On the night of July 7th, the Okawa River in Osaka is turned into a beautiful Milky Way. It is lit with beautiful glowing LED lights that float down the river. You can experience this beauty in a few different ways. The cheapest option would be to pay to enter the viewing area. This costs ¥1,500 if you purchase a ticket on the day of the event. The other option would be to take a Tanabata cruise down the Okawa river. This is highly recommended because you could enjoy the beautiful lights up close and perhaps enjoy a lovely meal. You might even be able to see some fireworks from your cruise, too. This would cost you though, at about ¥15,000 per person. If you want more from your Tanabata experience, we recommend that you pay Osaka a visit during the Tanabata Festival!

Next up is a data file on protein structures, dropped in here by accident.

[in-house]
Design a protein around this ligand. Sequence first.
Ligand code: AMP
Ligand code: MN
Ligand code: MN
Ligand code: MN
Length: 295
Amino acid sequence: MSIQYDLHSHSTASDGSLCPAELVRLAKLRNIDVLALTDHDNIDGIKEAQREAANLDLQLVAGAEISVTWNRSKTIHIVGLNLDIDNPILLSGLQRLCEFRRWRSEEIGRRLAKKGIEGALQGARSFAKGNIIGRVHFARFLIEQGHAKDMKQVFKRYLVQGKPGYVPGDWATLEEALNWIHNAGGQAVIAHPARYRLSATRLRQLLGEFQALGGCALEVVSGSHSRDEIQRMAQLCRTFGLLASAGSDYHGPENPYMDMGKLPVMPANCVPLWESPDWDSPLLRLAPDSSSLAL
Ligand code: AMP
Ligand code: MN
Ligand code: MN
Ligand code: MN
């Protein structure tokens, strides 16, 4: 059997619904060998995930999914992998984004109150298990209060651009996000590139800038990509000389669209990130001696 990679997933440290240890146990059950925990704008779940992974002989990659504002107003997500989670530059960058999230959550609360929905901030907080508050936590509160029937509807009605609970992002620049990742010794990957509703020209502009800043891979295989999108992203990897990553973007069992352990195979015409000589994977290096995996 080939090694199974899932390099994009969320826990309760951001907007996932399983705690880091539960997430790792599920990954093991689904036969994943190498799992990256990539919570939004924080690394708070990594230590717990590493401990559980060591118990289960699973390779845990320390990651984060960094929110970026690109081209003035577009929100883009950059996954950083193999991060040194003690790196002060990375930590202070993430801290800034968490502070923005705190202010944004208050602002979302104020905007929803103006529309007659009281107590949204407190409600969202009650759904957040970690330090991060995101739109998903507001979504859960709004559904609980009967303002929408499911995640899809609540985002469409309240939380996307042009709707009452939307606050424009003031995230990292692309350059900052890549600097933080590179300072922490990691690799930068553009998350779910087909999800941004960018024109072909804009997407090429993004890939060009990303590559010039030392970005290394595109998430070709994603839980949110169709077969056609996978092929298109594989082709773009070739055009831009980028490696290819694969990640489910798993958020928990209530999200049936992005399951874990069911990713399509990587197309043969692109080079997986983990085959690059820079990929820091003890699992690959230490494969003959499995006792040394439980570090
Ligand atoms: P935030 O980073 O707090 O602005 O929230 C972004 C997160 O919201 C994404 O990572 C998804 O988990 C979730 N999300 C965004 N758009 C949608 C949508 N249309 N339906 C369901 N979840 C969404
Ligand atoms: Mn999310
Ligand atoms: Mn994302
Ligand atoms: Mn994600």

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The third festival on our journey through Osaka summer festivals actually takes us outside of the city of Osaka. For this festival we will travel into the nearby bay city of Kishiwada. If you’re willing to spend about an hour to get there by train from Osaka station, Kishiwada is a beautiful seaside city! You could easily spend a day exploring it. The Kishiwada Port Festival (also known as the Kishiwada Minato Matsuri) takes place on the fourth Saturday of July every year. This year in 2020 the festival takes place on July 24th. The Kishiwada Port Festival is most famous for its impressive fireworks that last for more than 10 minutes. Japanese fireworks are beautiful to begin with, but this display lights up the night sky like no other. This festival is a must see for any firework enthusiast.